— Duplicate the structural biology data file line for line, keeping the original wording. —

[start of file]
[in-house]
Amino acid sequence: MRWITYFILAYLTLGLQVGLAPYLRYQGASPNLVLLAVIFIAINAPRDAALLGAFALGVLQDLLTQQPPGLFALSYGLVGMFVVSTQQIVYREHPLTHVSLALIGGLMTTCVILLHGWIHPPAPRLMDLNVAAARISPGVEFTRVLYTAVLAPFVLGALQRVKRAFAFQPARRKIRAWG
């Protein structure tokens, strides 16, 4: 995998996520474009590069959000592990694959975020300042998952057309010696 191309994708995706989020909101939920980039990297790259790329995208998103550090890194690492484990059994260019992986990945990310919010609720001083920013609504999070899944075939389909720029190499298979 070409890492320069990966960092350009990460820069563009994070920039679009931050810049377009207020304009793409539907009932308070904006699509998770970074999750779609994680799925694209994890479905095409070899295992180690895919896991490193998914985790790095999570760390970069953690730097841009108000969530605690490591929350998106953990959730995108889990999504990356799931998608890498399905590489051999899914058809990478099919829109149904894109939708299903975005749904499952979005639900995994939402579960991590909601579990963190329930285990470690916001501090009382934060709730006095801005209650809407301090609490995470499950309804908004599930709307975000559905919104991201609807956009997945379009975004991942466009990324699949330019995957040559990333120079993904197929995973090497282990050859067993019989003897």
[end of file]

[in-house]
Amino acid sequence: MRWITYFILAYLTLGLQVGLAPYLRYQGASPNLVLLAVIFIAINAPRDAALLGAFALGVLQDLLTQQPPGLFALSYGLVGMFVVSTQQIVYREHPLTHVSLALIGGLMTTCVILLHGWIHPPAPRLMDLNVAAARISPGVEFTRVLYTAVLAPFVLGALQRVKRAFAFQPARRKIRAWG
């Protein structure tokens, strides 16, 4: 995998996520474009590069959000592990694959975020300042998952057309010696 191309994708995706989020909101939920980039990297790259790329995208998103550090890194690492484990059994260019992986990945990310919010609720001083920013609504999070899944075939389909720029190499298979 070409890492320069990966960092350009990460820069563009994070920039679009931050810049377009207020304009793409539907009932308070904006699509998770970074999750779609994680799925694209994890479905095409070899295992180690895919896991490193998914985790790095999570760390970069953690730097841009108000969530605690490591929350998106953990959730995108889990999504990356799931998608890498399905590489051999899914058809990478099919829109149904894109939708299903975005749904499952979005639900995994939402579960991590909601579990963190329930285990470690916001501090009382934060709730006095801005209650809407301090609490995470499950309804908004599930709307975000559905919104991201609807956009997945379009975004991942466009990324699949330019995957040559990333120079993904197929995973090497282990050859067993019989003897």